Sanford v. Head

| Cal. | Jul 1, 1855

Bryan, J., delivered the opinion of the Court.

Murray, C. J., concurred.

In this cause, appellants in the Court below file their bill, setting up, amongst other things, that they are interested in the estate of one Jose M. Sanchez, deceased; and that an order was obtained from the Pro*298bate Judge of the County of Monterey, ordering them to pay over to Head, the administrator of the estate, the sum of $8,200.

It is further alleged by the complainants, that proceedings were commenced against the administrator at a subsequent period, the object of which was the removal of the administrator from office, and that whilst those proceedings were pending, the Probate Judge set aside an order staying proceedings on the part of the administrator.

The bill filed alleges fraud and collusion between the administrator and the Probate Judge, and seeks to set aside the proceedings in the Probate Court, for the benefit of heirs, upon the ground of collusion and fraud between the Judge presiding in the premises and the administrator. *

Respondents demurred, upon the ground that the proceedings of the Probate Court could not be attacked or reviewed except upon appeal and the demurrer was sustained.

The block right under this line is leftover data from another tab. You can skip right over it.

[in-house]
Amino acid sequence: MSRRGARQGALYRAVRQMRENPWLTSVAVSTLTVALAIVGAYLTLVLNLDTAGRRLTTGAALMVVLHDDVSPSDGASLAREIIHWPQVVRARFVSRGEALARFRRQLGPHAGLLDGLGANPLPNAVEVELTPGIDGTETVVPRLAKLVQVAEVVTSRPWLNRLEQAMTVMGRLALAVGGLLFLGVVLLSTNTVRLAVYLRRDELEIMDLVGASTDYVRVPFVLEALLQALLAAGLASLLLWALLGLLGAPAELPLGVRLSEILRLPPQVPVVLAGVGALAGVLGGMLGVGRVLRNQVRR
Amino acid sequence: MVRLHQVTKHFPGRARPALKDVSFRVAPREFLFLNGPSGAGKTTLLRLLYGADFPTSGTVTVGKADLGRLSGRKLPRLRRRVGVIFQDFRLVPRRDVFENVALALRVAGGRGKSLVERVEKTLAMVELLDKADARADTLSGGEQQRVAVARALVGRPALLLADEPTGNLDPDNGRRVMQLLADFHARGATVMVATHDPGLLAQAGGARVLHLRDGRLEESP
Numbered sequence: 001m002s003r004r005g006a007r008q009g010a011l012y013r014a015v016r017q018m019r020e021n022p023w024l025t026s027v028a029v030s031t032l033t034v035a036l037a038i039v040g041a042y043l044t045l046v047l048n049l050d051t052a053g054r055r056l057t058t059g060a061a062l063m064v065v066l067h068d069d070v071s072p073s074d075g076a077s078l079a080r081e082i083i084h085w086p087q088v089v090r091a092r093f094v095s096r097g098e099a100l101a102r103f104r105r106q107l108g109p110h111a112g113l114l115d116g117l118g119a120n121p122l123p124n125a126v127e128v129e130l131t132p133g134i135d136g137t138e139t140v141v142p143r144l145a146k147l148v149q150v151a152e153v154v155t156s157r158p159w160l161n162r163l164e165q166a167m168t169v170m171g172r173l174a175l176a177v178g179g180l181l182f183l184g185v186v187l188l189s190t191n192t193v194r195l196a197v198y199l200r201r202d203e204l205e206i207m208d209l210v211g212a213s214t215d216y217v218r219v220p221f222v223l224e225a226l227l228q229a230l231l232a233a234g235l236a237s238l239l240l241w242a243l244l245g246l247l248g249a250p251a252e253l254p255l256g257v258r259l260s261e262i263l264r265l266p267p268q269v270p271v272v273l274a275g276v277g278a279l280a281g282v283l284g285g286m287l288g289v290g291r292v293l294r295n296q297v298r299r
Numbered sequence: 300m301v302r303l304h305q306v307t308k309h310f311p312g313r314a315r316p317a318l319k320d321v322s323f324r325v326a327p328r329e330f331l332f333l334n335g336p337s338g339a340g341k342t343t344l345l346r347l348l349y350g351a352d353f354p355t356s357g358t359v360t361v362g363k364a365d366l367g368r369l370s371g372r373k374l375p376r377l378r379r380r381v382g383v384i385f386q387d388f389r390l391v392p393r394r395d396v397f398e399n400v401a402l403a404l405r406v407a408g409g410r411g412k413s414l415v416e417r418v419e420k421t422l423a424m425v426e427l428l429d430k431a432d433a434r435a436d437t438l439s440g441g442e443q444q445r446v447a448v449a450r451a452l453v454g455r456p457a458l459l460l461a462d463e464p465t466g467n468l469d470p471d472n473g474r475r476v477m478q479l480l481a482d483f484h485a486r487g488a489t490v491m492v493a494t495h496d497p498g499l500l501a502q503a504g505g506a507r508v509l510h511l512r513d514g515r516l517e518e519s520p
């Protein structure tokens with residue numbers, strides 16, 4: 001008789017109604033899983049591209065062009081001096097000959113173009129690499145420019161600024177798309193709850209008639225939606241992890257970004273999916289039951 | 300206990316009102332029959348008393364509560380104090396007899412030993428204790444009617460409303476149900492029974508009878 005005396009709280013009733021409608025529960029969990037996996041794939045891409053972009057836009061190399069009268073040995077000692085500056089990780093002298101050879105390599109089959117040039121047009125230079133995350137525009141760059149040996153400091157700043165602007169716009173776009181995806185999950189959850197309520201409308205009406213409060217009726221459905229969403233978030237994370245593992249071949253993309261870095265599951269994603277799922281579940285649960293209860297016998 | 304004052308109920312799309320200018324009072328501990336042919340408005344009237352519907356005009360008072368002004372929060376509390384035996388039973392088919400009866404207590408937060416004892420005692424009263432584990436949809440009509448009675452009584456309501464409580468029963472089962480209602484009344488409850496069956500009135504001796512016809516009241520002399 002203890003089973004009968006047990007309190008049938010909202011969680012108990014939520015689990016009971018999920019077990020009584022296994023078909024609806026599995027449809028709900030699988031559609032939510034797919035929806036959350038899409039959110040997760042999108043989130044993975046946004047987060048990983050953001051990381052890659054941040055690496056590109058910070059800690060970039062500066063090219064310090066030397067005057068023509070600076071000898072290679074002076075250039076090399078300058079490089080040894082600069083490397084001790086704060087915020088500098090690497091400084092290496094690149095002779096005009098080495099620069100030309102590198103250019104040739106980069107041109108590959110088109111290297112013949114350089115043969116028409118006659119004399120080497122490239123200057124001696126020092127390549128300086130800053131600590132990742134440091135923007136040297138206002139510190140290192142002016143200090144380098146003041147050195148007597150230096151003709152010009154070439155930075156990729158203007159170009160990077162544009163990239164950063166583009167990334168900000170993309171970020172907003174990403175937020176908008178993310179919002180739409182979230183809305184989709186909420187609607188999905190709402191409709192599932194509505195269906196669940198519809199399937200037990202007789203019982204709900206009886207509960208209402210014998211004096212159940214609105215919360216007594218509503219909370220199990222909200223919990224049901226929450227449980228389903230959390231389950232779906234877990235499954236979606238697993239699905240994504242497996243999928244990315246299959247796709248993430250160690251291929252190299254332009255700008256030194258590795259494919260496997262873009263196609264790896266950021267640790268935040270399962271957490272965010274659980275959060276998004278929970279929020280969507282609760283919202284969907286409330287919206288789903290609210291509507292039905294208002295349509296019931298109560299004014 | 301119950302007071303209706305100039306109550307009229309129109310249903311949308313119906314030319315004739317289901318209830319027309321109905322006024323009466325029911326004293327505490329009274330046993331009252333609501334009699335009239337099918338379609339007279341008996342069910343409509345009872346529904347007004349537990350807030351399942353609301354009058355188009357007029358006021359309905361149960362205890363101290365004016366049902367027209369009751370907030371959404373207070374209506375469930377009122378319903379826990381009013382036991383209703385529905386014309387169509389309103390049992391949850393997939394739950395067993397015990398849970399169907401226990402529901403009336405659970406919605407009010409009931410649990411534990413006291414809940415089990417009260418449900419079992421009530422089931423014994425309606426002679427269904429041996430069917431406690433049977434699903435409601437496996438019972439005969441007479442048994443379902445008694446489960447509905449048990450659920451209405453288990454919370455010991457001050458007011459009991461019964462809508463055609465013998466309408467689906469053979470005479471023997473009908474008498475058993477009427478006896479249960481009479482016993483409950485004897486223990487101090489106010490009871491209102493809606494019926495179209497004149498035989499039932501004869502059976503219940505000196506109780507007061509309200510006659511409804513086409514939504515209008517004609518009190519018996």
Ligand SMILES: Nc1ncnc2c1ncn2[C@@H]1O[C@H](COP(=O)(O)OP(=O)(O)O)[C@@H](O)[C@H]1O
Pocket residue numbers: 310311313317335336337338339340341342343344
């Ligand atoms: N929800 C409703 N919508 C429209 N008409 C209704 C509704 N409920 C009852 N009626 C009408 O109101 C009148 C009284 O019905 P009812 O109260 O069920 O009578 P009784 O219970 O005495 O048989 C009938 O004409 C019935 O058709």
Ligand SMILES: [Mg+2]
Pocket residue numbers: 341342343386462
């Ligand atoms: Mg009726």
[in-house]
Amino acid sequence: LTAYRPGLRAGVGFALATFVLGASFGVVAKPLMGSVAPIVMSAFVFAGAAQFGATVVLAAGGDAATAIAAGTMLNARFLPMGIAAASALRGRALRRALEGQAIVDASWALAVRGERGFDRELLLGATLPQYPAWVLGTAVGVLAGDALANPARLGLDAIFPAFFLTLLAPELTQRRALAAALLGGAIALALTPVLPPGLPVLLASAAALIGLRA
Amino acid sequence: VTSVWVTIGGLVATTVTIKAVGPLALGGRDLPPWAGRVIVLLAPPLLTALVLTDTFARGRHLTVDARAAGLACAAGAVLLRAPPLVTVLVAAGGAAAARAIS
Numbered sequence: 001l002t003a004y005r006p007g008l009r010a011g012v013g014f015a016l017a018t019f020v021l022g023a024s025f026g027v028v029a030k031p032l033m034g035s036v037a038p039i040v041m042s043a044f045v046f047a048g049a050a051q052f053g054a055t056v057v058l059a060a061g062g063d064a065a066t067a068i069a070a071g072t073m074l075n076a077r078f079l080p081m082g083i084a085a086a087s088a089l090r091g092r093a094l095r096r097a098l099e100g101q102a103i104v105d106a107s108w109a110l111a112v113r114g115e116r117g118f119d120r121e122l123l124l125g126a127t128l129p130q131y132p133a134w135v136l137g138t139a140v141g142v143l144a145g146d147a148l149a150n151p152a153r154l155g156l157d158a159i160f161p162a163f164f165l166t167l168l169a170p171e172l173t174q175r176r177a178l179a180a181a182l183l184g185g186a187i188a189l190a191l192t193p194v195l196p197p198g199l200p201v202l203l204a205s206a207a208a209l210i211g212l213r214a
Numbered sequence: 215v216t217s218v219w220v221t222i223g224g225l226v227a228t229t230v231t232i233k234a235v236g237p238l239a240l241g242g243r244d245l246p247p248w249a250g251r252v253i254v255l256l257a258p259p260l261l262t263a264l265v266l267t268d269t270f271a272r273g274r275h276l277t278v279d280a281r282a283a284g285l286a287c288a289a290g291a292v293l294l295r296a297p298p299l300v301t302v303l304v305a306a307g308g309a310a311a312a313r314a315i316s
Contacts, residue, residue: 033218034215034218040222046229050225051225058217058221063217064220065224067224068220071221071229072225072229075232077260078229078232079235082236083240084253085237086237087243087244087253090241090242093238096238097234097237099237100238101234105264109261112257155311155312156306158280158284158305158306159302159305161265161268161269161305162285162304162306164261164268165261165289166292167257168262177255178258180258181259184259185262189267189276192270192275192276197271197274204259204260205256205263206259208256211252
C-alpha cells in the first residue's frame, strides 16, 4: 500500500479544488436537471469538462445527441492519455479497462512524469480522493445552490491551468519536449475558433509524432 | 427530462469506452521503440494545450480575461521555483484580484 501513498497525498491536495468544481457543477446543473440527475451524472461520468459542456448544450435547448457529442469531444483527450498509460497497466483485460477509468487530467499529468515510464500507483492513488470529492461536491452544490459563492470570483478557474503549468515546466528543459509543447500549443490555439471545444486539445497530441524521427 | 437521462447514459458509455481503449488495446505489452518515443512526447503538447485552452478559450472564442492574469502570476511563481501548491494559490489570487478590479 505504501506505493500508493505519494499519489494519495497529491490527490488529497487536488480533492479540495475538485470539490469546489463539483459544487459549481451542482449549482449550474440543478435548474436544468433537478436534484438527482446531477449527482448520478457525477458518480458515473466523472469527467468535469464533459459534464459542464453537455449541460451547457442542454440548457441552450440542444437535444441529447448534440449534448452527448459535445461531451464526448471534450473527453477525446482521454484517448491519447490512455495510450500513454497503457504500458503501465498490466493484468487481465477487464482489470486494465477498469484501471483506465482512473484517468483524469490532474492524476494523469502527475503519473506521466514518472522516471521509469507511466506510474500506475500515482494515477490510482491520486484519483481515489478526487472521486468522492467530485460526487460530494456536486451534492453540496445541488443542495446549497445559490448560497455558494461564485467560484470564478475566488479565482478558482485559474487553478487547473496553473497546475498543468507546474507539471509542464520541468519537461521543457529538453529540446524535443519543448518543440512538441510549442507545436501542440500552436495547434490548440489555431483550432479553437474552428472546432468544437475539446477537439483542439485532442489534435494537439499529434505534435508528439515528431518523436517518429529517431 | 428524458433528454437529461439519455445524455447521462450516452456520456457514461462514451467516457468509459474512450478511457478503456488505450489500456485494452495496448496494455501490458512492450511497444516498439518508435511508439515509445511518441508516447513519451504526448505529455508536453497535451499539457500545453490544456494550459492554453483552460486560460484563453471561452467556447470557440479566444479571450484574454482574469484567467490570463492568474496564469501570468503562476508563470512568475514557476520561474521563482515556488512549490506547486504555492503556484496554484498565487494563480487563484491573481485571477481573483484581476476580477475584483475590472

It is a familiar maxim of the law, that fraud vitiates every thing. The District Courts, by the Constitution of this State, are clothed with original jurisdiction in law and equity, where the amount in controversy exceeds two hundred dollars, exclusive of interest. The District Judge, whilst sitting in an equity cause, is possessed of all the powers of a Court of Chancery. The District Court being a Court of general jurisdiction, can, in a case in equity, where fraud and collusion are charged against a Judge, in entering an order or decree, review the same, and annul it, if the facts justify such a conclusion. Unless a Court of general jurisdiction possessed such a power over limited and inferior tribunals, such as Probate Courts, the rights of heirs and orphans might be at any time endangered without a remedy.

The doctrine seems to be admitted as unquestionable, that a Court of Chancery has jurisdiction to set aside decrees obtained by fraud on an original bill filed for that purpose. Such is the view taken in Wrights v. Miller, 1 Sandford's Ch. R., 120. It is also so held in Reigal v. Wood, 1 Johnson's Ch. R., 401.

The bill in this cause alleges a state of facts, which, if true, might forever prevent a party from obtaining his just rights in any other manner than by the interposition of a Court of Chancery.

The Judge himself who sits in the cause, is charged with collusion *299with the administrator, in the misappropriation of the funds of the estate. We, therefore, consider that the Court below erred in sustaining the demurrer—holding that a Court of Chancery has full power in all cases where fraud and collusion is charged in the bill.

Judgment reversed with costs, and cause remanded for hearing.